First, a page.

<p>- Burgers equation: <a href="https://github.com/sciann/sciann-applications/blob/master/SciANN-BurgersEquation">https://github.com/sciann/sciann-applications/blob/master/SciANN-Burgers...</a></p>
<p>- Regression: <a href="https://github.com/sciann/sciann-applications/tree/master/SciANN-NN-Regression ">https://github.com/sciann/sciann-applications/tree/master/SciANN-NN-Regr...</a></p>
<p>- More is coming (Elasto-Plasticity,...)</p>
<p><a href="https://github.com/sciann/sciann-applications">https://github.com/sciann/sciann-applications</a></p>
<p> </p>
<p> </p>
<p> </p>
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</div></div></div>Mon, 25 May 2020 16:10:09 +0000haghighat24236 at https://imechanica.orghttps://imechanica.org/node/24236#commentshttps://imechanica.org/crss/node/24236Journal Club for February 2020: Machine Learning in Mechanics: simple resources, examples & opportunities
https://imechanica.org/node/23957
<div class="field field-name-taxonomy-vocabulary-6 field-type-taxonomy-term-reference field-label-hidden"><div class="field-items"><div class="field-item even"><a href="/taxonomy/term/76">research</a></div></div></div><div class="field field-name-taxonomy-vocabulary-8 field-type-taxonomy-term-reference field-label-hidden"><div class="field-items"><div class="field-item even"><a href="/taxonomy/term/10902">machine learning</a></div><div class="field-item odd"><a href="/taxonomy/term/12101">deep learning</a></div><div class="field-item even"><a href="/taxonomy/term/11415">data-driven</a></div><div class="field-item odd"><a href="/taxonomy/term/584">mechanics</a></div></div></div><div class="field field-name-body field-type-text-with-summary field-label-hidden"><div class="field-items"><div class="field-item even"><p>Machine learning (ML) in Mechanics is a fascinating and timely topic. This article follows from a kind invitation to provide some thoughts about the use of ML algorithms to solve mechanics problems by overviewing my past and current research efforts along with students and collaborators in this field. A brief introduction on ML is initially provided for the colleagues not familiar with the topic, followed by a section about the usefulness of ML in Mechanics, and finally I will reflect on the challenges and opportunities in this field. You are welcome to comment and provide suggestions for improvement.</p>
<p><strong>1. INTRODUCTION (for people not familiar with ML)</strong></p>
<p>ML has been around for more than 60 years, alternating through periods of euphoria and skepticism – see timeline in <a href="https://www.import.io/post/history-of-deep-learning/">https://www.import.io/post/history-of-deep-learning/</a>. In the last decade(s), however, the field has become much more accessible to non-specialists due to open source software written in general-purpose programming languages (e.g. Python). Unsurprisingly, early adopters of ML are found in fields with open databases gathering vast amounts of data from simulations or experiments, such as bioinformatics (e.g. <a href="https://www.ncbi.nlm.nih.gov/">https://www.ncbi.nlm.nih.gov/</a>), chemistry (e.g. <a href="https://pubchem.ncbi.nlm.nih.gov/">https://pubchem.ncbi.nlm.nih.gov/</a>) and materials science (e.g. <a href="http://oqmd.org/">http://oqmd.org/</a> and <a href="http://aflowlib.org/">http://aflowlib.org/</a>). Yet, ML can impact any scientific discipline where enough data about a problem is available. Mechanics is no exception, despite its specific challenges (see section 3).</p>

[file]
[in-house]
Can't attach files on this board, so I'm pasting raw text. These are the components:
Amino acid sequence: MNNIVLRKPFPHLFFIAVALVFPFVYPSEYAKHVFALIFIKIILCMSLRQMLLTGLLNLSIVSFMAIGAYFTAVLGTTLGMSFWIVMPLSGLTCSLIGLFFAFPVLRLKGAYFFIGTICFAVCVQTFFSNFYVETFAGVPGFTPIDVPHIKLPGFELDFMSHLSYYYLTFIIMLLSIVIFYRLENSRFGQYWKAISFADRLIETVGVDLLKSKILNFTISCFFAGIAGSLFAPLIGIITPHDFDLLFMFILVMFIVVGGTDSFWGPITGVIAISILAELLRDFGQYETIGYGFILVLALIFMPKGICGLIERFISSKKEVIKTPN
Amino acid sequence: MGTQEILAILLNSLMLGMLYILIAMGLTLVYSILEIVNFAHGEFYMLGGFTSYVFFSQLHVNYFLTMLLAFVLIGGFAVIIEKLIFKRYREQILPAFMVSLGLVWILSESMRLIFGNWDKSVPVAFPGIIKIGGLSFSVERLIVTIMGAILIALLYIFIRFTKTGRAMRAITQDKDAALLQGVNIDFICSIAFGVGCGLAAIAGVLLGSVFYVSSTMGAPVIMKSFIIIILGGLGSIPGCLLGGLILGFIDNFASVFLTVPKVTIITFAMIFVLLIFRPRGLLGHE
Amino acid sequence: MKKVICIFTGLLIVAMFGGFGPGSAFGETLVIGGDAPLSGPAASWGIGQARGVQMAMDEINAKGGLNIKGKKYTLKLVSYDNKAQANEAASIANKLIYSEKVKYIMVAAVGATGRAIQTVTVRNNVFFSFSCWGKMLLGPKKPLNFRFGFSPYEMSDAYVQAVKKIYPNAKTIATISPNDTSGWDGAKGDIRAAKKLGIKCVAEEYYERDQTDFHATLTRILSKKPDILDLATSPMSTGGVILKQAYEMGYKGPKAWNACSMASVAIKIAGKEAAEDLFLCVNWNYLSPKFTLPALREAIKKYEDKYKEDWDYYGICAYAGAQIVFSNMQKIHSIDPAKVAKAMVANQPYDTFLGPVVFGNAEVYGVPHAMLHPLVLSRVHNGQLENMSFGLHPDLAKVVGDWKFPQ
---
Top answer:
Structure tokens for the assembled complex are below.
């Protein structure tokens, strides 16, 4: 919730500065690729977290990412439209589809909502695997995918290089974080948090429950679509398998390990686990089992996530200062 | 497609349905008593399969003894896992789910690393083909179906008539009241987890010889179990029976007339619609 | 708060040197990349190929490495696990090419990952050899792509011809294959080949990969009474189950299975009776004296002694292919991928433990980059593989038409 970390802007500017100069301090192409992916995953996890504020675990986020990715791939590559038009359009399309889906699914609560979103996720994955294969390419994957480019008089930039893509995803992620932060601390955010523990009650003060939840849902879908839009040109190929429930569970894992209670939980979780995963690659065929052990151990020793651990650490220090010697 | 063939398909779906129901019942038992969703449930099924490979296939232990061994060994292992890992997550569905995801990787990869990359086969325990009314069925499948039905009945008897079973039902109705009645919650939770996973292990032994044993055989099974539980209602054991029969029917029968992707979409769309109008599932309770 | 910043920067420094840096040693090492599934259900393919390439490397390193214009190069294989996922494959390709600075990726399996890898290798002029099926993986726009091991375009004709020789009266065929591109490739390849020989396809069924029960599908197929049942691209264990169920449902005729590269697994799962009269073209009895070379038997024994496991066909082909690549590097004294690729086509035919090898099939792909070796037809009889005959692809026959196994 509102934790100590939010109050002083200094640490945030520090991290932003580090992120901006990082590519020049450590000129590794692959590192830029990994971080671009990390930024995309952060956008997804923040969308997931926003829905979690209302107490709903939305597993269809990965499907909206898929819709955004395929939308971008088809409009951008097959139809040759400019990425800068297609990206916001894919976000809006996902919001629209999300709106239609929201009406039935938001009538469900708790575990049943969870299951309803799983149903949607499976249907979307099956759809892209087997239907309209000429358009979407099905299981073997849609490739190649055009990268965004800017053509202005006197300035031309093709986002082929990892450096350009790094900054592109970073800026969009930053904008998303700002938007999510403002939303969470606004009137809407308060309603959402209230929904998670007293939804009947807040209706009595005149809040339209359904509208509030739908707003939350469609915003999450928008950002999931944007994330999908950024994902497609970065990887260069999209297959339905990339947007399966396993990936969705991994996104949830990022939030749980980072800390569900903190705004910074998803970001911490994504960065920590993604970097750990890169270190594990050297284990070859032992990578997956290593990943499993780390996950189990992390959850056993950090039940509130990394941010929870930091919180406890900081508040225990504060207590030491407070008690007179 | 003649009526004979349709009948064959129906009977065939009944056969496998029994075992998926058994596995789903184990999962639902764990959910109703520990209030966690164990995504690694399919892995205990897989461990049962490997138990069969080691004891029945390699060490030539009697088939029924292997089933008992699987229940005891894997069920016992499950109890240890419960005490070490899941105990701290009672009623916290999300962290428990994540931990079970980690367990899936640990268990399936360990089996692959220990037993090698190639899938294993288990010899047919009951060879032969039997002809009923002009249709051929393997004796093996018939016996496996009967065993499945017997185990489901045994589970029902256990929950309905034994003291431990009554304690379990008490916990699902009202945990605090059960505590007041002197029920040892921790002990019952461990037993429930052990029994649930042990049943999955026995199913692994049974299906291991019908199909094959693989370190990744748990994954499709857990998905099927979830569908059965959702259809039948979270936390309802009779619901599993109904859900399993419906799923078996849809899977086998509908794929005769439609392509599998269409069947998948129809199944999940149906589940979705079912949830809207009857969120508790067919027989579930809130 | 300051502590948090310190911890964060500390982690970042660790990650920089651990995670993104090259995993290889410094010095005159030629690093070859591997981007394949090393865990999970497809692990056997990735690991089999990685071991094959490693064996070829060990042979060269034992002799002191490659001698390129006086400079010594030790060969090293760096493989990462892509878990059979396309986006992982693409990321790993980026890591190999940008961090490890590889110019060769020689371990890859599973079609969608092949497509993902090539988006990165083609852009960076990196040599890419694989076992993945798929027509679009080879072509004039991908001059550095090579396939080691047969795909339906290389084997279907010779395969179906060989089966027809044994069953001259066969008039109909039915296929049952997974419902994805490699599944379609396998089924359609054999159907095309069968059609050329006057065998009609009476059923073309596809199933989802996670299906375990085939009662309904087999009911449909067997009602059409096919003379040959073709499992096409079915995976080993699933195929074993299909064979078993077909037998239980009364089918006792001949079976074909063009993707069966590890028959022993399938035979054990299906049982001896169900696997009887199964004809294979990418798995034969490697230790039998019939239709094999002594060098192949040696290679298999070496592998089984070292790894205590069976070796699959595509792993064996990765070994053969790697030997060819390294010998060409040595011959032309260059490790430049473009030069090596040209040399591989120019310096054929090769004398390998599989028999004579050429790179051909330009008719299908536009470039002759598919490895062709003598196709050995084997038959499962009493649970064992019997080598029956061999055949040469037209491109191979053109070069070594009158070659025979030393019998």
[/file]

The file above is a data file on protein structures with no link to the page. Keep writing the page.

<p>For the purposes of this discussion, I will focus on two branches of ML: supervised learning (regression and classification), and unsupervised learning (clustering). The third main branch, reinforcement learning, is not discussed here.</p>
<p>If you are new to ML, and you want to get some hands-on experience, I recommend to start with Scikit-Learn (<a href="https://scikit-learn.org/">https://scikit-learn.org/</a>) – no conflict of interests in this recommendation. Its user interface is simple, as it is written in Python, and the documentation is very useful as it starts with the most restrictive algorithms (e.g. linear models such as ordinary least squares) and ends with the least restrictive ones (e.g. neural networks). This is important because it provides the correct mindset when applying ML algorithms to solve a problem: in the same way that you don’t use an airplane to go from the living room to the kitchen; you probably don’t want to use a neural network to discover that your data is described by a second order polynomial. In addition, Scikit-learn’s documentation also has a simple introduction for each algorithm and multiple examples (including source code). This allows you to try different algorithms even before you understand their inner workings and why some algorithms are better choices than others for a given problem.</p>